(a) he had made some provision for survival (blankets and a breathing tube), unfortunately he hadn't accounted for the possibility of rain blocking the breathing tube or a means of communication if he got into trouble.
(b) he had already reproduced. I doubt his daughter would be too impressed with his stunt.
(c) a friend helped him in his stunt. I think the awards require the victim to have achieved their feat unaided.
(d) maybe he will have better luck in his next life, assuming he believed in reincarnation...
means of communication if he got into trouble
He had a mobile phone, that counts as a means of communication I think, he even proved it worked by calling his friend to say he was fine.
Maybe he didn't realise he was in trouble?
20cm of soil is not that much, most able bodied people would probably have been able to bust out of that. I doubt his friend compacted the stuff down. I guess he died in his sleep when he didnt know he was in trouble.
Not necessarily - especially after it got wet. 1m^3 of dry soil weighs approximately 1 tonne. Remember that anyone inside a coffin under 20cm of soil would have to lift the weight of all the soil on the lid (or portion of lid if it was planks) and not just the small amount in front of their face.
I can't find how the makeshift coffin lid was made but even a 20cm by 2m plank covered with 20cm of soil would weigh 80Kg which would be a fair amount for a cold, wet, likely weedy and pasty faced programmer to bench press - especially in that as soon as one plank started moving then soil would rush in and make things much harder.
If the coffin lid was all one piece then it would probably be more like twice or three times the weight which would be very difficult to move, without any added rain.
There is a whole load of maths concerning pivoting the load around a fulcrum (I assume the foot end of the coffin) and the distance the lid would have to move before you can get out and probably many other factors that I am not clever enough to work out which may change things dramatically.
So if anyone can actually show the forces needed it would likely be a waste of your valuable time but I would find it interesting
... did a show on this.
They didn't do the maths, but did several practical experiments involving "coffin breakout".
It's doubtful anyone could break-through the lid (no leverage or room to hit hard)... and even if you broke through it was doubtful you'd shift the soil (weight) before being suffocated.
Did a show on it too ;-)
> Maybe he didn't realise he was in trouble?
Oh, I'll bet he did.
Long before hypoxia (which is what would likely have killed him), he would have experienced hypercapnia - excess CO2.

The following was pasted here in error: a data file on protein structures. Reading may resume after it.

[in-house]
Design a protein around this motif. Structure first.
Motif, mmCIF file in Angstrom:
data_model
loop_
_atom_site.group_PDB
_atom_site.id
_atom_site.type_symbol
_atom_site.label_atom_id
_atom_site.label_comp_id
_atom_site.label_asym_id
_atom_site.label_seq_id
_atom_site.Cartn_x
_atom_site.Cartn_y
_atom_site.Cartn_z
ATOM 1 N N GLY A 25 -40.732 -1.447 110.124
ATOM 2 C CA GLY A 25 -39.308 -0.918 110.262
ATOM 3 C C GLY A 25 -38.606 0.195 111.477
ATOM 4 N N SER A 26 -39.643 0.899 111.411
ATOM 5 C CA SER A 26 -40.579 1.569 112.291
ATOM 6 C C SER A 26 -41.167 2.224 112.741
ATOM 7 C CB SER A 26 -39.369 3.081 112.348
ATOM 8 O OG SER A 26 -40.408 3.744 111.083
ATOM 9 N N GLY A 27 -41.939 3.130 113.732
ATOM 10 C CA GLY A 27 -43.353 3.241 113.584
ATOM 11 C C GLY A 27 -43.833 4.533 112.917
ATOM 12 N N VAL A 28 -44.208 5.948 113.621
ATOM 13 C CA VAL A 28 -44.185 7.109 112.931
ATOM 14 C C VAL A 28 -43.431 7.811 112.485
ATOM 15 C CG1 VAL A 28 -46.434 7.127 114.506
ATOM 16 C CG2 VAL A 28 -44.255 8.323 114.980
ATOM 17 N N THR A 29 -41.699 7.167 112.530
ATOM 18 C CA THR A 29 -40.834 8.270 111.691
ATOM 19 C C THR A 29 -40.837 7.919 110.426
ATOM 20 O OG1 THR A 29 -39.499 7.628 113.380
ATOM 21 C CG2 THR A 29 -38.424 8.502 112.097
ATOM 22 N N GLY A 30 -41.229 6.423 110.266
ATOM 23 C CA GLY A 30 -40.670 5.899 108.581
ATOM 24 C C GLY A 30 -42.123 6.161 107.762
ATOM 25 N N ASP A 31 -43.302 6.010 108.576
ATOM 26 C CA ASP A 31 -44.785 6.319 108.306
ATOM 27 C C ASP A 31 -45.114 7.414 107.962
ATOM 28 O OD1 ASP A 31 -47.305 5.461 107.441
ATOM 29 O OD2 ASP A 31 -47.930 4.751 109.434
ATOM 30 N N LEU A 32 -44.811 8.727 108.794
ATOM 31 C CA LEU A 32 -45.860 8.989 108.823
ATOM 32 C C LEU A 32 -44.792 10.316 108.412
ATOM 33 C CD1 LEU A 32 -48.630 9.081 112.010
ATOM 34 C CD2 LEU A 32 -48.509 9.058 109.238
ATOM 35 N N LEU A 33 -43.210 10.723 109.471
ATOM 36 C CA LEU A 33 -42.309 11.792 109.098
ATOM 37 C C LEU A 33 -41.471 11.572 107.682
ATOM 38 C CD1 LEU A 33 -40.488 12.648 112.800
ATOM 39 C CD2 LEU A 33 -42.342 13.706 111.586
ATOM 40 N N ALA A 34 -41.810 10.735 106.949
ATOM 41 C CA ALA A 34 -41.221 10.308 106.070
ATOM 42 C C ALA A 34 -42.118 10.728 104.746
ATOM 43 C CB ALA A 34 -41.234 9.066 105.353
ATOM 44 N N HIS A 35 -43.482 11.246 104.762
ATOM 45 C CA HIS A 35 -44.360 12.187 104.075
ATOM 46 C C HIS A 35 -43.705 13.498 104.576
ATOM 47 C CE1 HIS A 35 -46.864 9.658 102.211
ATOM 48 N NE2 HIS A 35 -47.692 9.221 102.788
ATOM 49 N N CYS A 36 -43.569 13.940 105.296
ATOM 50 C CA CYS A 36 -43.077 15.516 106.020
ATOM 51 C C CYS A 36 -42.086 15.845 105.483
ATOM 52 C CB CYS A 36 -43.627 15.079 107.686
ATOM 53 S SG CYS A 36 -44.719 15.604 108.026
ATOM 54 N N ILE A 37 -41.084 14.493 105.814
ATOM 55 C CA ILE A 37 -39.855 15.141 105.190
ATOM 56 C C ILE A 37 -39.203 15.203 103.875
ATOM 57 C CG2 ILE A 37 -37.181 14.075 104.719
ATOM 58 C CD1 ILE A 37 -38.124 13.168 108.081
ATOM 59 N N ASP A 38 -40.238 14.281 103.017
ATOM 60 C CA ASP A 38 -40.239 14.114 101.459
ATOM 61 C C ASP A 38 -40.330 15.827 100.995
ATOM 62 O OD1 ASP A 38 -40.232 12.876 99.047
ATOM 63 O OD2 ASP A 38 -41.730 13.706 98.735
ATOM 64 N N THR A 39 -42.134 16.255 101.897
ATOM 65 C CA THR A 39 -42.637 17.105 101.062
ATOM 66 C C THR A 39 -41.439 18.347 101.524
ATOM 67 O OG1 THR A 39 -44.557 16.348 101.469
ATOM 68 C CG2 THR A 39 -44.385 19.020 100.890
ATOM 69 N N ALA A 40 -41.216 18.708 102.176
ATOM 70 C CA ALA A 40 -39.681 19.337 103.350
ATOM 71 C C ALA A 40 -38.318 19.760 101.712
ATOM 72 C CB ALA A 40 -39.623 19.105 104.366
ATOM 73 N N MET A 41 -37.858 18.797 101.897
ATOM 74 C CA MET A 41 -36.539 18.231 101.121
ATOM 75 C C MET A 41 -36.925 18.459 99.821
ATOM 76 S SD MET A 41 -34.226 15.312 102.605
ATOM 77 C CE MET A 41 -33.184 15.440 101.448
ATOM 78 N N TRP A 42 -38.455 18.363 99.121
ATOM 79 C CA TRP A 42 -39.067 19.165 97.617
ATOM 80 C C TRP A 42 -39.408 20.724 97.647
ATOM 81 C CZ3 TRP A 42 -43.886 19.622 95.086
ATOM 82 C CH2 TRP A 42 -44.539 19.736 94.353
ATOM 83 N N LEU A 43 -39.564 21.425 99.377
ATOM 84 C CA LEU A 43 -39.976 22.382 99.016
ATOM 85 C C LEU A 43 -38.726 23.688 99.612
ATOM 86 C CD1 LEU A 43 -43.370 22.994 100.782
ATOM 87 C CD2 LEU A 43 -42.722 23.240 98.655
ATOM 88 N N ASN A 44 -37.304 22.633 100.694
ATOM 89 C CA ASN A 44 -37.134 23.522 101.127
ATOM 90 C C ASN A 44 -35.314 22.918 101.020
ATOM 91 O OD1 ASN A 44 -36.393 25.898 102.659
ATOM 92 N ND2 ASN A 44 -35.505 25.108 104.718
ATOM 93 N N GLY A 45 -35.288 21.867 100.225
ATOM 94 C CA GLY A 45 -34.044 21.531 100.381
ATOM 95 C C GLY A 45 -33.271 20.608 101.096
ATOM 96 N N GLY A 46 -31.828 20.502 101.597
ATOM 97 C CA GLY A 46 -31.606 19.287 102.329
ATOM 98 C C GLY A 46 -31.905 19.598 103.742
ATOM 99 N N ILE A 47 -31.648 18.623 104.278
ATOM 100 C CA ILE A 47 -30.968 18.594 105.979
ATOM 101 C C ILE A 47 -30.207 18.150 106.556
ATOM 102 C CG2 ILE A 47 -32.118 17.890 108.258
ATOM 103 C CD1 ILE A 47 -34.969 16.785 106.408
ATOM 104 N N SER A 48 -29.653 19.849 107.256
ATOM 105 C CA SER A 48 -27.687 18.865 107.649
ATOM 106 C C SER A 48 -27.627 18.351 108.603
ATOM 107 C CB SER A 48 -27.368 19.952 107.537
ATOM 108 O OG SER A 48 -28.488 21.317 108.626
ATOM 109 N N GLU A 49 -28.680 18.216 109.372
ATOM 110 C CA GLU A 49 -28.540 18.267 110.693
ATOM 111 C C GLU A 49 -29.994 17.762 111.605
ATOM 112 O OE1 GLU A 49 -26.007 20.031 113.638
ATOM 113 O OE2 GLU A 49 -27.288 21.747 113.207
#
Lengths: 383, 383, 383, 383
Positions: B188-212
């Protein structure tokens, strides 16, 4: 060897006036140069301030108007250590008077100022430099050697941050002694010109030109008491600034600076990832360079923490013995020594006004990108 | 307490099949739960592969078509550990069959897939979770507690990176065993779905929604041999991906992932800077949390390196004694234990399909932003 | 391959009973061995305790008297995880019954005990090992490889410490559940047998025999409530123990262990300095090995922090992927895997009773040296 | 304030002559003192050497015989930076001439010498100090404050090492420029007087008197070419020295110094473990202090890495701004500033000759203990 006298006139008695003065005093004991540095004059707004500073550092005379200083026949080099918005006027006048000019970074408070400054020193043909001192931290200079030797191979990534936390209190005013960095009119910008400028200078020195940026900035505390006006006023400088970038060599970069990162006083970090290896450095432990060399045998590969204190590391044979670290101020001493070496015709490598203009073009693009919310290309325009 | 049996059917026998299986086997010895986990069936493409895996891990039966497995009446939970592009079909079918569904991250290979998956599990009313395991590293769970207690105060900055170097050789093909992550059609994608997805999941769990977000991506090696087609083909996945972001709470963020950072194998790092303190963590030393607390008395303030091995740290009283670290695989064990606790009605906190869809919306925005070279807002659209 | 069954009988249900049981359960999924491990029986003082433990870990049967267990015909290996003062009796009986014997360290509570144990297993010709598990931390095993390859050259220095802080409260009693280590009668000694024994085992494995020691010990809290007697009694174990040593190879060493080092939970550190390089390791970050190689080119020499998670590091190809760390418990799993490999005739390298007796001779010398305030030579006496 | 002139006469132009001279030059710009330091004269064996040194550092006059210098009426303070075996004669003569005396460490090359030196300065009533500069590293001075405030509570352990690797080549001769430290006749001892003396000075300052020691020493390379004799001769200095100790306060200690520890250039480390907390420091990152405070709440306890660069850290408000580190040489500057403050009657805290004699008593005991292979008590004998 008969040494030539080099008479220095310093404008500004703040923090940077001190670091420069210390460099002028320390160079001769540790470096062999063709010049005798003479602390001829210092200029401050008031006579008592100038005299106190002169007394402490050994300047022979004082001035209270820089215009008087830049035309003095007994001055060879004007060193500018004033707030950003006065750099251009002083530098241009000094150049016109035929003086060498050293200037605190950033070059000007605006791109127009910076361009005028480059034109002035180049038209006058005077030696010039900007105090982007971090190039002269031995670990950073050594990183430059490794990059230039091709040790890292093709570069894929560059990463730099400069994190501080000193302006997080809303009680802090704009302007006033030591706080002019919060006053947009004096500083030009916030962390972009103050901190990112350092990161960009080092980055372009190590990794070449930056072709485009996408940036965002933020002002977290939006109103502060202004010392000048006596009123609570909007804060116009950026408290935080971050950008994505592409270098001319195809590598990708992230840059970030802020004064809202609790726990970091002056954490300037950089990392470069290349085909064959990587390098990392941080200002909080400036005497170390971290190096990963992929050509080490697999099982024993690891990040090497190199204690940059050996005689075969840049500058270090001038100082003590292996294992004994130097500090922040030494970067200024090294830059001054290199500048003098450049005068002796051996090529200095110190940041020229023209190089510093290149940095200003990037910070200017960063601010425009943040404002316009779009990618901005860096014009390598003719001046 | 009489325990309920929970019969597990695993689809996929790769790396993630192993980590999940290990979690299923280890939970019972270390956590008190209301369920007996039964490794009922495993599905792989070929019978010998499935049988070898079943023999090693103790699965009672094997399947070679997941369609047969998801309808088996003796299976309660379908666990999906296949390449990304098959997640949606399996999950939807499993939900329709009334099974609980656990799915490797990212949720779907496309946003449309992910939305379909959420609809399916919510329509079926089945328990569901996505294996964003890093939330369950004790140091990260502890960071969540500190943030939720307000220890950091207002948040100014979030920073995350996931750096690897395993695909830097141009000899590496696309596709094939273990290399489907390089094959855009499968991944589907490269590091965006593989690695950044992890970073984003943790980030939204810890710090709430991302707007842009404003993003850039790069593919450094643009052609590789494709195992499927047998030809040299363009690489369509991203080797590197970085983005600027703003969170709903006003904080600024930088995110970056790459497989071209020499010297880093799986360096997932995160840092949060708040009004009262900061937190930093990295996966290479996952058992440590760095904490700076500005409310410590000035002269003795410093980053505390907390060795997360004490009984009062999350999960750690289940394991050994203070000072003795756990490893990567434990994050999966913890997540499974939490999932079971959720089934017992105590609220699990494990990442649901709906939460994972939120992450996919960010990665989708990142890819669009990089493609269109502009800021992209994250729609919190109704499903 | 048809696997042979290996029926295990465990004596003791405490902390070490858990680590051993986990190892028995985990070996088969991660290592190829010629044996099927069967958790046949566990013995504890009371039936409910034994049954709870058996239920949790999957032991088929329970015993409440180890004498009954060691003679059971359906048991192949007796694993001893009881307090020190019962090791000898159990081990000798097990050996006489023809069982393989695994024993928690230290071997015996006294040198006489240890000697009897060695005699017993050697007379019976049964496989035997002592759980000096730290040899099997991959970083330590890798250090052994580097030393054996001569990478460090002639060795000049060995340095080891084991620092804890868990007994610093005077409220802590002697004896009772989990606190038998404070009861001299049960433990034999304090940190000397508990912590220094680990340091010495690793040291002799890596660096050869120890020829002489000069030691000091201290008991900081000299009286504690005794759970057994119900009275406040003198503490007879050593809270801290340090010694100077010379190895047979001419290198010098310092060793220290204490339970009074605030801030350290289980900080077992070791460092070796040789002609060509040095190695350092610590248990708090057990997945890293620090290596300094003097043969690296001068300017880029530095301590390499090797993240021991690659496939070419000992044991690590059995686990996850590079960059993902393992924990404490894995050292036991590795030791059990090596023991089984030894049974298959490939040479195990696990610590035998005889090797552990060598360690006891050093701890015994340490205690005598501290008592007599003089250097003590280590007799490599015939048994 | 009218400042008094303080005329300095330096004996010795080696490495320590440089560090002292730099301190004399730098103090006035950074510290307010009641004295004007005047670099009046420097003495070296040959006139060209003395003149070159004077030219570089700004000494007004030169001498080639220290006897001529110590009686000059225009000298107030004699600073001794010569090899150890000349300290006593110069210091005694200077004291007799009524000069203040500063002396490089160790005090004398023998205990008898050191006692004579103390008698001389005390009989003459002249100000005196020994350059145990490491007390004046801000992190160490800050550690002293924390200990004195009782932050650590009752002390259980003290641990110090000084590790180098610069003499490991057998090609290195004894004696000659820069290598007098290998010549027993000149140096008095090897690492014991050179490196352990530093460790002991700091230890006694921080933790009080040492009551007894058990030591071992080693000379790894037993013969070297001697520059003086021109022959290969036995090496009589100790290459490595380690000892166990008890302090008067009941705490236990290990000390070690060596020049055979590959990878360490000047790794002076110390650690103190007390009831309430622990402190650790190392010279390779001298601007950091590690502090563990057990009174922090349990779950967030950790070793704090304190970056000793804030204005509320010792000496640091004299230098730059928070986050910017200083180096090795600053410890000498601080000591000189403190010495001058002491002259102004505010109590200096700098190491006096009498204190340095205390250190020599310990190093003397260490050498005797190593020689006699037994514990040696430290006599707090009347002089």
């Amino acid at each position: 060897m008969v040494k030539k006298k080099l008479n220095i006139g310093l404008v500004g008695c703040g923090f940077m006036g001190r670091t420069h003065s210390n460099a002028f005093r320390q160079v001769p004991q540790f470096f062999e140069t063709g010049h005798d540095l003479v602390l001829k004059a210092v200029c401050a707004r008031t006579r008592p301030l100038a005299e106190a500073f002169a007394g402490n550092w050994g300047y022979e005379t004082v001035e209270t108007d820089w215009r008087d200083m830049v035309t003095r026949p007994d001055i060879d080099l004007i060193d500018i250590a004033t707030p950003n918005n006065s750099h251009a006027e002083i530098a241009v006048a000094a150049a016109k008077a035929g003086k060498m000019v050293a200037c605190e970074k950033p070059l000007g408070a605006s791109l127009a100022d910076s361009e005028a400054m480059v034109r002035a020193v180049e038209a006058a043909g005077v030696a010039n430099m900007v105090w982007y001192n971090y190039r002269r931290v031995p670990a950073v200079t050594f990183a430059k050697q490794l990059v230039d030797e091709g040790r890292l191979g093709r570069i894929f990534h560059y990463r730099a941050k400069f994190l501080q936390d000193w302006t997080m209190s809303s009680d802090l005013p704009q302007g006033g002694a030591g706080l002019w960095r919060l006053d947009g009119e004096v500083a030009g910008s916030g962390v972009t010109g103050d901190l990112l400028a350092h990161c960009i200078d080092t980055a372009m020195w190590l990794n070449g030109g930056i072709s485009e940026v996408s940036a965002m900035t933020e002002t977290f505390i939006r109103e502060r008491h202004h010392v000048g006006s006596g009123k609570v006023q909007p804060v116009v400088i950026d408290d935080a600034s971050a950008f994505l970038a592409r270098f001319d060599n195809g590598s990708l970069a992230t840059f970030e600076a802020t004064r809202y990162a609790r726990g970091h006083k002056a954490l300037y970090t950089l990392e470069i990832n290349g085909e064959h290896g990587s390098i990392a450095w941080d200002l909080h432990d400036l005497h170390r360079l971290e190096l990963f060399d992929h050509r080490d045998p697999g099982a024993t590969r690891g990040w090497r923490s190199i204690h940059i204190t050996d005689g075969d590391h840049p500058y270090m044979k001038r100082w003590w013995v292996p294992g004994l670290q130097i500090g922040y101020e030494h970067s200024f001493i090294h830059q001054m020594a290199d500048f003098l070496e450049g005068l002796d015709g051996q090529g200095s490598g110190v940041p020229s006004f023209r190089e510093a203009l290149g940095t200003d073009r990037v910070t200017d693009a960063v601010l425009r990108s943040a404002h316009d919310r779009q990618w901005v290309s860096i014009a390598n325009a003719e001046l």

Hypercapnia is extremely unpleasant. It has many effects that you simply cannot miss. One of them is abject terror.
 I know a number of divers - including myself - who have experienced this underwater. The same symptom does not generally seem to be reported in normobaric environments, so it is possible that the body responds differently at different presures. But it's still bloody scary.
"He had a mobile phone, that counts as a means of communication I think, he even proved it worked by calling his friend to say he was fine.
Maybe he didn't realise he was in trouble?"
A theory which I'm in no way qualified to make but seems logical to me is that the signal penetration of wet soil would be much lower than dry, almost like being underwater. It could be that the rain-soaked soil blocked his calls for help even though he made contact previously.
I suppose the phone itself could have got wet and shorted out, but alas, too much speculation.
To be honest, I kind of hope you're right and he never regained consciousness - what a nasty way to go.
The CO2 headache would wake you up fast. I can free dive and never be bothered and do some good depth too. Sitting on the boat preparing for the next site with a CO2 headache... :p
Even in the film "burried alive"
the guy got out because his wife burried him in the cheapest, shoddiest, oldest coffin she could get on the cheap (soil-weight not withstanding).
Was he a Mac programmer?
...actually, that would explain a lot.
Not a Mac Programmer
No, he couldn't have been a Mac programmer, it's Mac users who stick their heads in the sand.
Nothing to do with Darwin...
This was clearly an act of God.
Russian hackers rule!!!!!
We are all misguided by bad advice at sometime in our development. If by the age of 35 one hasn't the faculty to recognise the difference between good and bad advice, tragedies like this will continue to happen.
This man believed burying himself would improve his luck, his faith in this belief was strong enough that he did indeed bury himself. We should be grateful his belief system was relatively benign, at least with respect to others.
Theres a joke here somewhere connecting pre-purchasing of future software releases and pre-burial for a future death, I just don't feel like finding it.
It's unlikely that the poor man's breathing tubes were blocked by rain.
More likely that as it rained, the soil became saturated, filled the coffin and he drowned or suffocated
also wet soil is allot heavier than dry soil.
You seem to know allot about it